Why does it matter to free yourself from some of your beliefs?



Most beliefs that are composing our belief systems originated from the meaning we gave events that occurred in our lives. Once we attribute a certain meaning and hold a belief about the world or ourselves as the Truth we consistently seek evidence to prove this belief true. Before we know it, these beliefs integrate the background of our daily thoughts. Imperceptibly, we build our entire approach to life and mindset around these beliefs.


Some of these beliefs can be painfully restricting and confine us into unnecessary fears. Some even say that FEAR stands for False Evidence Appearing Real. We are utterly convinced the world is a certain way. We continuously supplement this belief with what we hold for evidence, shut down all other possibilities and it becomes a cognitive bias.


As open-minded as we would like to think we are we all have biases. They are the result of an automatized association. This way we process a massive number of pieces of information faster. It is a natural way our brain has to form conclusions. The only problem is that when there is a bias, the conclusion is slightly or hugely slanted. The only way to rectify biases is to become aware of them and that is the hardest part. Identifying biases as well as identifying any one of our beliefs requires a lot of awareness and a thorough work of inquiry. Undoubtedly, it would be a colossal task to submit all and every thought to such a process.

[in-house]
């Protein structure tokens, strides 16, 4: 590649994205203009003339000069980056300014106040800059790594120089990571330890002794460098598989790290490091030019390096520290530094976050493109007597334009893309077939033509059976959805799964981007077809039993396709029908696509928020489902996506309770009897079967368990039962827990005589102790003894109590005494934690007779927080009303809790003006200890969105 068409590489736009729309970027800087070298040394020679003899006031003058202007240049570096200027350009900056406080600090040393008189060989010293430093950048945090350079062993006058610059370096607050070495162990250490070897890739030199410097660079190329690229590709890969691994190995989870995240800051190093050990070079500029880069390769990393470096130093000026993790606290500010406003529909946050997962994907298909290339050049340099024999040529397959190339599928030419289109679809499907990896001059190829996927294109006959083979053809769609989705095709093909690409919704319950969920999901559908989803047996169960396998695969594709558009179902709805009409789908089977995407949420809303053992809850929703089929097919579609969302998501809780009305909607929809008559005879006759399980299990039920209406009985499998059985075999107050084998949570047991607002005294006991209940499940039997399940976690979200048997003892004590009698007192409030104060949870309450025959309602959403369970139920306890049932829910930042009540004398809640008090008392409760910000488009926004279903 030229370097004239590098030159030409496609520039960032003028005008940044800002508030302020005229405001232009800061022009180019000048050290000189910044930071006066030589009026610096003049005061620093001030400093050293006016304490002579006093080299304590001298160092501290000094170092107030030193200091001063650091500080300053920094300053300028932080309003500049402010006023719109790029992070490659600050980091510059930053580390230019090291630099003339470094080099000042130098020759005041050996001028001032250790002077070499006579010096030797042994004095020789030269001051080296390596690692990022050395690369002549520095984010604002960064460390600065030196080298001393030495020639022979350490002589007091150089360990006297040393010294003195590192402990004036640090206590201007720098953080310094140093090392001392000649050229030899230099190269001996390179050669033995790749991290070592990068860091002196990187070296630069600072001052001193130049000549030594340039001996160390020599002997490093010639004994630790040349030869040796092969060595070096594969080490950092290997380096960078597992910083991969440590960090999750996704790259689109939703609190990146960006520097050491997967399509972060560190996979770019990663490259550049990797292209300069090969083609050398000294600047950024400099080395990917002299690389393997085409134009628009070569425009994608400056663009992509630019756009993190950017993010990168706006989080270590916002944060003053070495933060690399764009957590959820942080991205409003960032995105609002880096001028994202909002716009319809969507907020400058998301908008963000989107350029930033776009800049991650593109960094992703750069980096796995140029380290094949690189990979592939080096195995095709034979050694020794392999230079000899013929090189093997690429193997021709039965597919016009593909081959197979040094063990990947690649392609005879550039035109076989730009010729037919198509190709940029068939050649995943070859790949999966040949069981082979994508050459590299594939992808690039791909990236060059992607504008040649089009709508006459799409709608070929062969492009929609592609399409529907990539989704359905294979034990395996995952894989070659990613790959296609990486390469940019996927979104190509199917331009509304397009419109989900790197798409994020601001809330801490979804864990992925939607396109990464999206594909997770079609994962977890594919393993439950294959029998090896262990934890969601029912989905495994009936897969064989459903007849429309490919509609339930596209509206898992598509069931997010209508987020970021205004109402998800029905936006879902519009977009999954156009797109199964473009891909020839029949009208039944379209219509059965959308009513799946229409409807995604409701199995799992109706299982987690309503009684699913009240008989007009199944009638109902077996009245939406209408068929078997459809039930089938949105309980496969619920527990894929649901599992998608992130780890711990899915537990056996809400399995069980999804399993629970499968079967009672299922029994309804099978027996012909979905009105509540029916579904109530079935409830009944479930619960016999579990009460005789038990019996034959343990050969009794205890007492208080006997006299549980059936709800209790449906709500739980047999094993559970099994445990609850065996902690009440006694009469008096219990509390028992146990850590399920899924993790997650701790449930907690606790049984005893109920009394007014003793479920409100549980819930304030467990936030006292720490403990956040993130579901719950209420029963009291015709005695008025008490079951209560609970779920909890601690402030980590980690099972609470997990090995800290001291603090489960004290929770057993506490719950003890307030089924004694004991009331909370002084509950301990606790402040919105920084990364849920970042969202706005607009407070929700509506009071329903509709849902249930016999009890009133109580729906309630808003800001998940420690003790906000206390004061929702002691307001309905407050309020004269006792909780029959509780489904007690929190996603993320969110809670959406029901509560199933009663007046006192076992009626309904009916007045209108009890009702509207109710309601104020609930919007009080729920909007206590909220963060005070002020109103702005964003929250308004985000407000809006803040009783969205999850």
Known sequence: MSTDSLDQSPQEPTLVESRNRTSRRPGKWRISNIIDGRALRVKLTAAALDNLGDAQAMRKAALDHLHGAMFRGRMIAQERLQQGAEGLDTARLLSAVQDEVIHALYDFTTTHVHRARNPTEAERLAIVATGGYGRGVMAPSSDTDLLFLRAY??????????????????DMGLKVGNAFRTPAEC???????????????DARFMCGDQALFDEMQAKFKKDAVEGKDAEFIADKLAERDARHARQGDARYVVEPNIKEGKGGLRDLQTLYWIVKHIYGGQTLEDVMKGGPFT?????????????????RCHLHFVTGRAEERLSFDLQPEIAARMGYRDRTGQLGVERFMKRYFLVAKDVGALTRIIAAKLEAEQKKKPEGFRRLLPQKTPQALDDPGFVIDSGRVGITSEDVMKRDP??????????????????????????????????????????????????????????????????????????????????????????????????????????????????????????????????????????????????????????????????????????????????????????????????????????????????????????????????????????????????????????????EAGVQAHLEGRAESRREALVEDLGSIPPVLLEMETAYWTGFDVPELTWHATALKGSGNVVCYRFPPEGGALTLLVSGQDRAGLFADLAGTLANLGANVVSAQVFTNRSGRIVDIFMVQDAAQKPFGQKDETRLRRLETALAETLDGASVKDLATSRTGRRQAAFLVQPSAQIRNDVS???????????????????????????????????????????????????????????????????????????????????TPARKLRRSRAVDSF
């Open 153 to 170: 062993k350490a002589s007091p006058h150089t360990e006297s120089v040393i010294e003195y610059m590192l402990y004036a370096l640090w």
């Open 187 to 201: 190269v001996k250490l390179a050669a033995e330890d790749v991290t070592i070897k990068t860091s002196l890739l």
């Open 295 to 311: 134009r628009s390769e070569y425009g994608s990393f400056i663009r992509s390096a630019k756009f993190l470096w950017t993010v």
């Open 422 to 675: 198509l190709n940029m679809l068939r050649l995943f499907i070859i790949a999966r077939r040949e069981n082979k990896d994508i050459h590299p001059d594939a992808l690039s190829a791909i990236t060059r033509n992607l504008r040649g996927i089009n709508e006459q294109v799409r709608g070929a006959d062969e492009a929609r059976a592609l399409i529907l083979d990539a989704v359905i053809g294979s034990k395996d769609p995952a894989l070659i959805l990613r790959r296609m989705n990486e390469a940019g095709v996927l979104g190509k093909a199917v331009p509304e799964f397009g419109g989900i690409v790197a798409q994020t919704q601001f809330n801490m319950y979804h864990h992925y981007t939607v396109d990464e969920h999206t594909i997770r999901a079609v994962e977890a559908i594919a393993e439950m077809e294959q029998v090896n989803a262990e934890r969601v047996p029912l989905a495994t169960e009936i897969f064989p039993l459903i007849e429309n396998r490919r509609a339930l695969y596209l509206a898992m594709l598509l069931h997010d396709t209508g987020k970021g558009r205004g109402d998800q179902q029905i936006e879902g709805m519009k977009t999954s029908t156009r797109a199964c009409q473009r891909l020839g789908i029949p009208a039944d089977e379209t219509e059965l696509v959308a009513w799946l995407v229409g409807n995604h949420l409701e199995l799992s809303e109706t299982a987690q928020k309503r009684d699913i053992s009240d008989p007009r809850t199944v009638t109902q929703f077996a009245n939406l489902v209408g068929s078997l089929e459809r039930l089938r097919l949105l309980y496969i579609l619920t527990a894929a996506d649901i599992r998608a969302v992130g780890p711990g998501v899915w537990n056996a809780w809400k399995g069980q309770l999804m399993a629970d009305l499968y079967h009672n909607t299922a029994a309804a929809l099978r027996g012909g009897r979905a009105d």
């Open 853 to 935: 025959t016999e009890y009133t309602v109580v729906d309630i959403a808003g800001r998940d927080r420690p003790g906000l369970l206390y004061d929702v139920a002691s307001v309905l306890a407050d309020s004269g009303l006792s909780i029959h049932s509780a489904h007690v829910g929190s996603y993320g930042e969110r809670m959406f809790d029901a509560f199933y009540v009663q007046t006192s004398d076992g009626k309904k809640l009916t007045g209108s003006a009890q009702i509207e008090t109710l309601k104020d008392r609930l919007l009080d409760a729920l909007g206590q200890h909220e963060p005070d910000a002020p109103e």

Nonetheless, an indispensable place to investigate is the belief system we apply to ourselves. To wholeheartedly question what we hold to be true about ourselves has the potential to give us access to immense progress in our personal growth. Why? Because a number of beliefs we have about ourselves hold us back. They feed fear and self-doubt. We believe ourselves to be too much “this” or that we cannot do “that”. We hold on strongly to that belief because it provides us with an excuse for not being more successful for instance or happier. The way we operate within our belief system is comparable in many ways to the filter bubble; we find more of what we came across or looked for in previous researches on the Internet. Our mind tends to work in the same way.